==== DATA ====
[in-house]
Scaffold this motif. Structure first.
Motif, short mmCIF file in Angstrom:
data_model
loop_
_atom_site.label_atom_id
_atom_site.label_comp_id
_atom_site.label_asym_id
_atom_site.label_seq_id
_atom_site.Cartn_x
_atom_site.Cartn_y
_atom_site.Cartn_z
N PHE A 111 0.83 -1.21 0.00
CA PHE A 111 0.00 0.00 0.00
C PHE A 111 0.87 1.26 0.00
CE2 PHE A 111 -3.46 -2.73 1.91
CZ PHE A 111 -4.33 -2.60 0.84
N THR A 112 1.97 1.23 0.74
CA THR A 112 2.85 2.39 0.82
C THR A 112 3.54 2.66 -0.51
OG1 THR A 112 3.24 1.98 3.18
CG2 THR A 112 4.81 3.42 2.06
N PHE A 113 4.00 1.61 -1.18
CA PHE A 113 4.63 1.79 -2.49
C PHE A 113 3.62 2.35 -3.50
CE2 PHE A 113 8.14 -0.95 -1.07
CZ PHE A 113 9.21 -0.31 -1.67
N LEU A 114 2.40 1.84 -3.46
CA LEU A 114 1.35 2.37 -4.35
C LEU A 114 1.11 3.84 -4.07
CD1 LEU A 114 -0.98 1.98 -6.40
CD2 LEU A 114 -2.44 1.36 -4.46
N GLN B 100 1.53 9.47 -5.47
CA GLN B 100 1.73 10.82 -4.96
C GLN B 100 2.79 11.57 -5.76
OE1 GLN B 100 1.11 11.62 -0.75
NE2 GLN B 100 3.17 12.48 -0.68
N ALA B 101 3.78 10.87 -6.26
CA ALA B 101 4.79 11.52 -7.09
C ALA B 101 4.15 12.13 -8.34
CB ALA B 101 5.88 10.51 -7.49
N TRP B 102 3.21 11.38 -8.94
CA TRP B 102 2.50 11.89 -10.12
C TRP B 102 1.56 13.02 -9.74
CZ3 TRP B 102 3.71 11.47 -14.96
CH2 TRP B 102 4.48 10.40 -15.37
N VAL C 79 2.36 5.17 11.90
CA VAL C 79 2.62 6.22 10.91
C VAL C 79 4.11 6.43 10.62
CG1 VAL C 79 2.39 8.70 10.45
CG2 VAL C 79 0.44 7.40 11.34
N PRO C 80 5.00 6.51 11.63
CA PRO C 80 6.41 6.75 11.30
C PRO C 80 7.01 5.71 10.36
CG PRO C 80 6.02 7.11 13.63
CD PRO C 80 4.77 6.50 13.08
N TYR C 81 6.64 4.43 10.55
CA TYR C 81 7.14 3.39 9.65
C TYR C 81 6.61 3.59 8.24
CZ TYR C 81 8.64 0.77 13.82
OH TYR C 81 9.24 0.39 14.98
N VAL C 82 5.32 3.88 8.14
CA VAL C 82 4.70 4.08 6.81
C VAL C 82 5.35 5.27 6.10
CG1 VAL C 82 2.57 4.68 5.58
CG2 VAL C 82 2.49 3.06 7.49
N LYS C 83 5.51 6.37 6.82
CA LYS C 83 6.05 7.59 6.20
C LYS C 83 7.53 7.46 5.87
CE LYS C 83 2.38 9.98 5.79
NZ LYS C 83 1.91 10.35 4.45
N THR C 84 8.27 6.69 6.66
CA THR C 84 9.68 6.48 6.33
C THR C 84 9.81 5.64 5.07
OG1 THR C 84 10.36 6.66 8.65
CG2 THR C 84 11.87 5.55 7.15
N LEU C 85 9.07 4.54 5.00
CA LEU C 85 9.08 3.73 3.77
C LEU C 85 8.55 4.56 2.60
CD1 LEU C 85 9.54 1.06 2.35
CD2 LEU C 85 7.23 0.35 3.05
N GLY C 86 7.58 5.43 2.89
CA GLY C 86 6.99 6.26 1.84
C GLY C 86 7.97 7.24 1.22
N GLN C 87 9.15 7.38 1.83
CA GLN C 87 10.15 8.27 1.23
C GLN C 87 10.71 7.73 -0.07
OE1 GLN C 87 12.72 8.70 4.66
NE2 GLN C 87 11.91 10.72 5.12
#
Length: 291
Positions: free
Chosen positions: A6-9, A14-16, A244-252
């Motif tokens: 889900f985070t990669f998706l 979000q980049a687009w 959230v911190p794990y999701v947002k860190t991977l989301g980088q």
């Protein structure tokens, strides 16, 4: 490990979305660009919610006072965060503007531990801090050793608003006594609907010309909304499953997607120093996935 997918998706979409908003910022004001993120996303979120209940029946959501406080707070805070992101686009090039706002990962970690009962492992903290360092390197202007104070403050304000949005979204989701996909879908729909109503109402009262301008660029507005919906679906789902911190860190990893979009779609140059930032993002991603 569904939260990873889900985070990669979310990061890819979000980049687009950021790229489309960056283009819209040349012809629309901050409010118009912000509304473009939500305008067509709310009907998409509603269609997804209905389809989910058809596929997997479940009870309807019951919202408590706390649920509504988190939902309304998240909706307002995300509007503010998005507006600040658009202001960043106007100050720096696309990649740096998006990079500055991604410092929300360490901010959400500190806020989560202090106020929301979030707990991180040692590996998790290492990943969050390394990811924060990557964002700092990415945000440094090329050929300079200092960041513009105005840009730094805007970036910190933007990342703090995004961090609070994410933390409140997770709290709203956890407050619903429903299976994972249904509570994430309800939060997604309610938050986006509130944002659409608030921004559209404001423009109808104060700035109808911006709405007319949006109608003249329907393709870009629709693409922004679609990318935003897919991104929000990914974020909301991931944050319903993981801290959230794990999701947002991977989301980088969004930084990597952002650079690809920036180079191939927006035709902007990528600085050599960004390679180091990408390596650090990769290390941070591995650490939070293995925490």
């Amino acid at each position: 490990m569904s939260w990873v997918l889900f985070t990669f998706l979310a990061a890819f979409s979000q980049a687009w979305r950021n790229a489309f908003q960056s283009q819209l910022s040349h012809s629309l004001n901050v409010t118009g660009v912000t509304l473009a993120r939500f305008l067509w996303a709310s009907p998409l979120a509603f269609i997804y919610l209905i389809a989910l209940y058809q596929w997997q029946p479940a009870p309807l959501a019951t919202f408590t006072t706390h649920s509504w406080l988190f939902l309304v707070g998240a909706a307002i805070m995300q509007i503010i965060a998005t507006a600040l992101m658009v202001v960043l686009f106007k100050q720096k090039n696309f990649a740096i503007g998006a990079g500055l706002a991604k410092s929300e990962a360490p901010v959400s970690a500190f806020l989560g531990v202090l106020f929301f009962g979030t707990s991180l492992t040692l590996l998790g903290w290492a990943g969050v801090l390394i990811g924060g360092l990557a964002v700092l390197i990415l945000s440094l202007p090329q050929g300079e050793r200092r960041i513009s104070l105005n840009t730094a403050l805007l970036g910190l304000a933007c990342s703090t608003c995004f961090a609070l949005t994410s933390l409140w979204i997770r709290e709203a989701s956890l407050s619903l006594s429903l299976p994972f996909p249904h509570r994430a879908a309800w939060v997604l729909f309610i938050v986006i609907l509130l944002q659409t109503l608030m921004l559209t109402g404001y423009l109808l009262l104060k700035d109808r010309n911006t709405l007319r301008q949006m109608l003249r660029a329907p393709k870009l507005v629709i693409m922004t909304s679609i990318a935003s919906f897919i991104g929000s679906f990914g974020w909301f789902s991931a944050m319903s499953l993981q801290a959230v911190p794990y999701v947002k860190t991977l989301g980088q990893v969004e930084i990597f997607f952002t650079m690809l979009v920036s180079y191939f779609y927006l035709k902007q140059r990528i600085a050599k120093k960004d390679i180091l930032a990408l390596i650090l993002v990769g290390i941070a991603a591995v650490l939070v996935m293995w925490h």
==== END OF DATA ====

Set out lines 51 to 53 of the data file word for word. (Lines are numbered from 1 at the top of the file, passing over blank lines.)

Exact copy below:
CG2 VAL C 79 0.44 7.40 11.34
N PRO C 80 5.00 6.51 11.63
CA PRO C 80 6.41 6.75 11.30